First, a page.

Butte County, Idaho, GenWeb Project
December 15, 2001; 90 Years AGO--1911
The old log house constituting the Big Butte stage station burned down recently and there is no place for travelers to stay nearer than Powell, which is about 10 miles away. The building burned with all its contents when there was nobody at home. It belongs no to Holland Bros., who are raising cattle there. The Pioneer Drug Store and the Arco Meat Market are having sawdust hauled to their ice houses prior to having the houses filled with ice. The schedule of the Arco-Martin stage line was changed last week. The trip is made every other day now the same as the Arco-Ellis line. This gives the patrons a better service.
Tuesday a family that had stayed the night before at the Butte wagon station, started for Arco, and when several miles out got stuck in the snow drifts. The man rode into Arco and statcd the condition. Mr. S. D. Johnson, the proprietor of the Star barn, took a team to their relief. It was a lone and laborious task, but the stranded family was brought in about eleven o’clock at night. Because of heavy snow which drifted at the Hlohn crossing. a large drift successfully opposed the train engine. The section gang and a large number of citizens went to the rescue and in about two hours dug the snow from underneath the engine and cleared off the track. The engine went back a distance and coupling onto another engine which was nearly out of water, took a rush and successfully bucked the drift. It was certainly a grand sight. The stages from Howe to Arco and from Arco to Martin have had their share of problems due to the snows.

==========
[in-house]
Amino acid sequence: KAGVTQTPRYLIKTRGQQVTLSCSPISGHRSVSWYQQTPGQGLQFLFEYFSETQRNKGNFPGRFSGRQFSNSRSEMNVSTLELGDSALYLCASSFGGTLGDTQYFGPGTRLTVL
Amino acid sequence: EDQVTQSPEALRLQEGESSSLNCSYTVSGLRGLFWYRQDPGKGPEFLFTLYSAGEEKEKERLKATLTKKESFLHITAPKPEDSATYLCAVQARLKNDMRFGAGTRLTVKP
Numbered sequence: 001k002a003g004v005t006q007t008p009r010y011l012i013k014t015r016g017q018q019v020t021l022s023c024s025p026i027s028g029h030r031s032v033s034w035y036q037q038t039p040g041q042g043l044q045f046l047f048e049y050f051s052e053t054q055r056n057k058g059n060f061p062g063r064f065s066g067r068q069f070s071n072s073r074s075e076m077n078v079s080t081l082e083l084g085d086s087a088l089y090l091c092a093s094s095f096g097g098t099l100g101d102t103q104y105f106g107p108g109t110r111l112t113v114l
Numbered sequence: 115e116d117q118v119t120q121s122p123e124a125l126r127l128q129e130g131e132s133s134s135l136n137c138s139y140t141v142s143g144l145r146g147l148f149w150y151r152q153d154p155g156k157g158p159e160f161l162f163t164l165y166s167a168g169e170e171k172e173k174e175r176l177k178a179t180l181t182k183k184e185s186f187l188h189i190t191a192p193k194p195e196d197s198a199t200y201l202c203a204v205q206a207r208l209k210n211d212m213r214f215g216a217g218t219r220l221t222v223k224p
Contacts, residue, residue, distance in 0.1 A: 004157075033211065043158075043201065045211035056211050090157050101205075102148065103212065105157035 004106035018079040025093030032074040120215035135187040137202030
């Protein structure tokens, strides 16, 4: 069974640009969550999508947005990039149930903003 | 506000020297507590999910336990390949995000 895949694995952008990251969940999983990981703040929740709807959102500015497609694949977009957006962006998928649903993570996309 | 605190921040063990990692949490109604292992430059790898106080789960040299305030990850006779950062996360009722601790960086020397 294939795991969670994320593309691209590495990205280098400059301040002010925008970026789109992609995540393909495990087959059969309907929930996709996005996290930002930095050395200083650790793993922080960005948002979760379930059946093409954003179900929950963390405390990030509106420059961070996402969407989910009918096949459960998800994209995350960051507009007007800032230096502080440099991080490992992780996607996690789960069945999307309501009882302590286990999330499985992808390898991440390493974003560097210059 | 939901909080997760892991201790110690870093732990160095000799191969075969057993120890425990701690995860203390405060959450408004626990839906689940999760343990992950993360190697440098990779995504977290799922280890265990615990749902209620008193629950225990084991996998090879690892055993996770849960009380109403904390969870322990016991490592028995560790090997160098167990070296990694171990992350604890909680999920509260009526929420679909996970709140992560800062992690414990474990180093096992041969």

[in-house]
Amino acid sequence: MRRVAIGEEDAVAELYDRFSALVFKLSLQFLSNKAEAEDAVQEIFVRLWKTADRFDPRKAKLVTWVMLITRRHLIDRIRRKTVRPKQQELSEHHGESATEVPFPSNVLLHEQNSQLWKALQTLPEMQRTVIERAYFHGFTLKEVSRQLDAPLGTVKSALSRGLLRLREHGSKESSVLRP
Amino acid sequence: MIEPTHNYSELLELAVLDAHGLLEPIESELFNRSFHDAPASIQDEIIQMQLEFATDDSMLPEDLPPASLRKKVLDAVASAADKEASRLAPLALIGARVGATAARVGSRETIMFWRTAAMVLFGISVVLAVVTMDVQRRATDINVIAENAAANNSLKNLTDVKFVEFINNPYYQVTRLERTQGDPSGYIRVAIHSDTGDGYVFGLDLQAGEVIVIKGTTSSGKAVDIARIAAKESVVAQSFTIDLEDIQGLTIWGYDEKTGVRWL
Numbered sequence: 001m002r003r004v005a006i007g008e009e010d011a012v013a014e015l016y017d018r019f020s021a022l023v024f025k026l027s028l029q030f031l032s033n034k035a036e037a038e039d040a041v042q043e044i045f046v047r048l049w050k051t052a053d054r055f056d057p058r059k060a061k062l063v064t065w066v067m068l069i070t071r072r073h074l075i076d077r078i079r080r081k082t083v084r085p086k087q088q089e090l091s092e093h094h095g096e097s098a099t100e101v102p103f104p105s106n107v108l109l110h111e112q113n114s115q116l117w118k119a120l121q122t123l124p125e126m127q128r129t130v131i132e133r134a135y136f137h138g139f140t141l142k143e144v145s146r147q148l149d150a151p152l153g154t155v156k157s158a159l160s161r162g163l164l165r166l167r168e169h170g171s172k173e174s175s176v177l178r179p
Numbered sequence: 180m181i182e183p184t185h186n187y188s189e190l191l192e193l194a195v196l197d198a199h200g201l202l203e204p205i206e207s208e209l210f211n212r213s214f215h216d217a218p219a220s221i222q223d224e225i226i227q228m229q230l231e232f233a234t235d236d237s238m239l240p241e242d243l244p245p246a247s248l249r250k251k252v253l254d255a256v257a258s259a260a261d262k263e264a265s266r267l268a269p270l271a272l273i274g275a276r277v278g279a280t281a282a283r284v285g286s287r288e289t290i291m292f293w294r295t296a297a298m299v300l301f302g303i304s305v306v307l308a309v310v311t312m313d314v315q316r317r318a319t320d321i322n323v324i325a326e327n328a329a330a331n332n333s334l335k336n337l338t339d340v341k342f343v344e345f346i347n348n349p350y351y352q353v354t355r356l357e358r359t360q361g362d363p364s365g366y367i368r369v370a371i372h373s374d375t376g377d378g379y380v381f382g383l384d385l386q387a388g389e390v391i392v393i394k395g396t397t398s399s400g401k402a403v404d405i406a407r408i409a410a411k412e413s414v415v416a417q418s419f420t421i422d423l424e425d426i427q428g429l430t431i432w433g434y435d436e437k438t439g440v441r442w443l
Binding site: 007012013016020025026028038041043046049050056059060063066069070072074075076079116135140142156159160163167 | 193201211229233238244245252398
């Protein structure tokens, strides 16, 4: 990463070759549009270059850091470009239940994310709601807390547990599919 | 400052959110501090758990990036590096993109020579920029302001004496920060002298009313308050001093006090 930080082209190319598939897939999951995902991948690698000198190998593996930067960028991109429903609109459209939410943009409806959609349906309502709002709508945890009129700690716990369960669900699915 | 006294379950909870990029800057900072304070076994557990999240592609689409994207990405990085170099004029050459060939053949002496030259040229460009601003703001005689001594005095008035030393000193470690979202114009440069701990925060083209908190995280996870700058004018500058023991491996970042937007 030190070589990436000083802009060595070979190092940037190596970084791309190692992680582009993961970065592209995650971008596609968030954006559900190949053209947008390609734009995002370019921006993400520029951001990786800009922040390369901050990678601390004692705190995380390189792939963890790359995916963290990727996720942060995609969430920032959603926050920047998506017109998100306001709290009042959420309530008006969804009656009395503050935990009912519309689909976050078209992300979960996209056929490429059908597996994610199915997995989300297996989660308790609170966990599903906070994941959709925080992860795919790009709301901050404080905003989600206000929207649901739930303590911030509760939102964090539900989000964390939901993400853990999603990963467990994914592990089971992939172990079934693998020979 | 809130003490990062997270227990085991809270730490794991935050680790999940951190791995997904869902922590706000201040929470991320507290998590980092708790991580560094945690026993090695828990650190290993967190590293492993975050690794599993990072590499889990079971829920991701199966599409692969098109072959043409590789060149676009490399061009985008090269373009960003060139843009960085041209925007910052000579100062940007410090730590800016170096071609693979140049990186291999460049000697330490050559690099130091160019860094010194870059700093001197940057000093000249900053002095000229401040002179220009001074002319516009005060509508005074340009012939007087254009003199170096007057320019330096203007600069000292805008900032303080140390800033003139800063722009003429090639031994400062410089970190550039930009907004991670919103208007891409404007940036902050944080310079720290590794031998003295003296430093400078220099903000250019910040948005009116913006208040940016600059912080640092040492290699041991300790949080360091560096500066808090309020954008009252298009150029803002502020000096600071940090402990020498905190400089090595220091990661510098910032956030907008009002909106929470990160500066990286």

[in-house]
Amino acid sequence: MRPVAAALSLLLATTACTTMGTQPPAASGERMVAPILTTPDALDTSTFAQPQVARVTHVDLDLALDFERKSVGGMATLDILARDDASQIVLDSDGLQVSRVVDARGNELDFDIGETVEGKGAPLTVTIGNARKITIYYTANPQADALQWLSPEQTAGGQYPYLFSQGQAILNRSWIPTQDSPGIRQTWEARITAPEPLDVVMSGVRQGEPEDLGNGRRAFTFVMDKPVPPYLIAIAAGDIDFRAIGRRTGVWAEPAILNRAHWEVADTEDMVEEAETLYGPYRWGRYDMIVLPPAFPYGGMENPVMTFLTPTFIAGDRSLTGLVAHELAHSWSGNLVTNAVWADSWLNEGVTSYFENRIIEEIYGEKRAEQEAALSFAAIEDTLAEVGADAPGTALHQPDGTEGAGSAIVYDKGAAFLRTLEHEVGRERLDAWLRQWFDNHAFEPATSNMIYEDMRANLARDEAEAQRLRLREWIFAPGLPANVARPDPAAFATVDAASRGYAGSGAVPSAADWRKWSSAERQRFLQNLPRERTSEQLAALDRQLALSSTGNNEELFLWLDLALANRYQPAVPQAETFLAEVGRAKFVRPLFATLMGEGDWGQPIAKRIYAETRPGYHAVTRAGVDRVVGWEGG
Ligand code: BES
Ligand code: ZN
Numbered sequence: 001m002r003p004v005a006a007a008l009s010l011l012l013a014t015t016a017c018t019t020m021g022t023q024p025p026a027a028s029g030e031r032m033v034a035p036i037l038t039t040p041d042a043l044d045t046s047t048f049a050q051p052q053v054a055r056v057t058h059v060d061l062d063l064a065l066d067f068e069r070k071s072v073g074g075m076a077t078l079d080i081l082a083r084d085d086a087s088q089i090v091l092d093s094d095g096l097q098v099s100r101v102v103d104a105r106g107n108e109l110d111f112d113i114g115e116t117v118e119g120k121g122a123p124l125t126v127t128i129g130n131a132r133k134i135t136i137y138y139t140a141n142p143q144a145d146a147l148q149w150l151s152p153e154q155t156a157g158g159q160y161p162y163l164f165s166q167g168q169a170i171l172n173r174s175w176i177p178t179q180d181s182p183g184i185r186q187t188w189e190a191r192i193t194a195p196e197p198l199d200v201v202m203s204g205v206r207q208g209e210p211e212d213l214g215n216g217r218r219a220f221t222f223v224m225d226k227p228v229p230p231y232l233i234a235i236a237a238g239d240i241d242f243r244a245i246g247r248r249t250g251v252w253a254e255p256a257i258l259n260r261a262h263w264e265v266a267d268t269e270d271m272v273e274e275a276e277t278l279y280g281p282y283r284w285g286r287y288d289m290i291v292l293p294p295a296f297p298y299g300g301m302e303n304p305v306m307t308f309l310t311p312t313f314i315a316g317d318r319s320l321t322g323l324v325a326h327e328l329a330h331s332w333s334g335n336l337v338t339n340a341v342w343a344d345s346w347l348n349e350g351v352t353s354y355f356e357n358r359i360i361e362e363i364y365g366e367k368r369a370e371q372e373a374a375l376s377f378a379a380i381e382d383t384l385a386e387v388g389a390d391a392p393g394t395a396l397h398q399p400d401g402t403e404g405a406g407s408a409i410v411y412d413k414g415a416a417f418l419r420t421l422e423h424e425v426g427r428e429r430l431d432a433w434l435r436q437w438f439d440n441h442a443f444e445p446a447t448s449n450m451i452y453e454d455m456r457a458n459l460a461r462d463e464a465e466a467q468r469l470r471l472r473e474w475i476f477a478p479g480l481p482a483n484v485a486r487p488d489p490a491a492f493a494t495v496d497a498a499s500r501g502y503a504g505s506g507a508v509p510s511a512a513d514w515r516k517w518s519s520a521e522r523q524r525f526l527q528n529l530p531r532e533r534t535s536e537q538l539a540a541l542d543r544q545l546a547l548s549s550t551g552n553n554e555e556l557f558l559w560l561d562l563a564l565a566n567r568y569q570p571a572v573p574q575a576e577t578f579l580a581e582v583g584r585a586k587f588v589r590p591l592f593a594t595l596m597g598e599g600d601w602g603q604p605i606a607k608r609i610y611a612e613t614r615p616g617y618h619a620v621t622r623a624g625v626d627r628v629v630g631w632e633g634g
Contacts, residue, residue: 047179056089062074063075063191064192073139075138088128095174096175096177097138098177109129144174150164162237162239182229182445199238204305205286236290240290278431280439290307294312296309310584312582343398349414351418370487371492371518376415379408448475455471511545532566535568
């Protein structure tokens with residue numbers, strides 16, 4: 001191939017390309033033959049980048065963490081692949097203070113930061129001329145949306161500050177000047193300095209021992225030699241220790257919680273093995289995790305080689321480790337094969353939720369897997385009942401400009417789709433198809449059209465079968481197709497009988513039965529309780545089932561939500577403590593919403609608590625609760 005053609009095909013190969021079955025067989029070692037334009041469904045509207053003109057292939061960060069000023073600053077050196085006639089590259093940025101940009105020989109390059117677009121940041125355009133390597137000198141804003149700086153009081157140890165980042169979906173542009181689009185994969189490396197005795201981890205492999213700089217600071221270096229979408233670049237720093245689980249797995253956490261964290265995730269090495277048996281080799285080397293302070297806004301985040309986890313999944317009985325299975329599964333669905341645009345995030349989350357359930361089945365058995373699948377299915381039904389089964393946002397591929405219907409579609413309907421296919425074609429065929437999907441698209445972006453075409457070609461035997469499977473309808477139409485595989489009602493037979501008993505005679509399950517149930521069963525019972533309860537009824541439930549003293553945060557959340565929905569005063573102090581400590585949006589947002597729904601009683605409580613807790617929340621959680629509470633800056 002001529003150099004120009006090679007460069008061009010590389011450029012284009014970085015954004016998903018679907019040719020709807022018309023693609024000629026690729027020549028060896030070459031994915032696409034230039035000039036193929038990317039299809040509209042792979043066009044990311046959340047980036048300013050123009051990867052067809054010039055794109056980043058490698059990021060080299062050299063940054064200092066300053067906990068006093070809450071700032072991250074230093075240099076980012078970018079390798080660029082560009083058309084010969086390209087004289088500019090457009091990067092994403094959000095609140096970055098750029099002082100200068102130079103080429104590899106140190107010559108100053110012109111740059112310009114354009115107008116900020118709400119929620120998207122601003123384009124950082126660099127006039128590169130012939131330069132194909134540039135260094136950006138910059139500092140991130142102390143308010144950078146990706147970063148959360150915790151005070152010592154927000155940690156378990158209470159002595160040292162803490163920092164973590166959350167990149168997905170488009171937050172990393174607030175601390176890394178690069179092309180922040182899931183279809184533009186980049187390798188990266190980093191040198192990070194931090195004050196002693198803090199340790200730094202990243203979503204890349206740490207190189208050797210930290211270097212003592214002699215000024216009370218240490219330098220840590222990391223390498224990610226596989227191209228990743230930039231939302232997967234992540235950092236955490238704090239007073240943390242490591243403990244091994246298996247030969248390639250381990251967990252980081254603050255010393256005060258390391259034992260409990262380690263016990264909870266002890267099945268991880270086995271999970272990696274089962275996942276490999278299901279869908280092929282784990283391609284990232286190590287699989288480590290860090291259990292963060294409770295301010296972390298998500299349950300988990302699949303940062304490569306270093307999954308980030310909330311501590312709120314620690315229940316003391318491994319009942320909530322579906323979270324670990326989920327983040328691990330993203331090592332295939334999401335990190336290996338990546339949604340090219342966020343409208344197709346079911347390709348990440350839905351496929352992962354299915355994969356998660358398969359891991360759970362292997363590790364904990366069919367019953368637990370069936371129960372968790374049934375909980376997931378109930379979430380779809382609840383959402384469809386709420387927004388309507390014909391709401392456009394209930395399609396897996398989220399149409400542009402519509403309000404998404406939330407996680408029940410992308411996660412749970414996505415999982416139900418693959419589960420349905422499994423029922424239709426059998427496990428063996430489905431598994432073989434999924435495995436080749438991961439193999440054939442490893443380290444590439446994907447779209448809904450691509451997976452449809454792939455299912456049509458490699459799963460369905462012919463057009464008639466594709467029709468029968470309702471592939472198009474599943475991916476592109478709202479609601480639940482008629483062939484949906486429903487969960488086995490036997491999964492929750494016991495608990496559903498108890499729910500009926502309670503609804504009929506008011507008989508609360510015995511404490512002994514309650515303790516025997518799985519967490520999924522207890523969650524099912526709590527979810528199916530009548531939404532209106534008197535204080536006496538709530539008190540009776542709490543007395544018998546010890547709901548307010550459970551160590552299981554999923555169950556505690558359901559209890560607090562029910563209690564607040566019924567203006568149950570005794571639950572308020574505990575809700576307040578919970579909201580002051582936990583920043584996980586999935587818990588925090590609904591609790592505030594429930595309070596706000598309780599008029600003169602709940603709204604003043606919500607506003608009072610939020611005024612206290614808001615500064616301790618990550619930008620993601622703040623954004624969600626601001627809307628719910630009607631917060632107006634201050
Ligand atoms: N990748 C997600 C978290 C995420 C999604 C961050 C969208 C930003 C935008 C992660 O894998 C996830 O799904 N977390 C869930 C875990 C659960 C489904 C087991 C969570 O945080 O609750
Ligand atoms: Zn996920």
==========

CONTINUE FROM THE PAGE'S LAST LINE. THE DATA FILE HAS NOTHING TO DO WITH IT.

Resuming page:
The Sherman Hide Company this week shipped to eastern fur houses. 3,000 jackrabbit skins, which they accumulated during the past few week. Tom Oley, old time freighter and pioneer of Central Idaho, has been in town this week from Little Lost River Valley. Colton Kimball was down from the head of Big Lost River the last of the week. He is operating a trap line this winter and he states that there is considerable snow in the high mountains.
The historic Walker Theatre, which has figured in the lives of three generations of Arco. Demolition is begining for owners. Y. Harvey and Betty Walker by Power Line Construction of Arco. The historic building, constructed in 1919 and opened in February 1920. has been the scene for many activities in addition to playing a large part in the movie entertainment of Arco's population. Commencements, stage shows, and many other public gatherings have been held in the building in its heyday. It has been closed for several years.
The February 20, 1920 issue if The Arco Advertiser, said the new theatre ws to open with the showing of "The Miracle Man", a feature film, on February 21. The article describing the new theatre said in part: "The new Walker Theatre, Arco's new $15,000 picture show building is one of the most beautiful in the state and far surpasses any theatre outside the larger cities in the state.
The building was erected by George E. Walker, a well to do stockman and farmer of Arco and will be operated by R B Peck. The building is 35 by 115 feet, built of white brick with front pillars finished in red brick. The front of an arched entrance way, brilliantly illuminated overhead...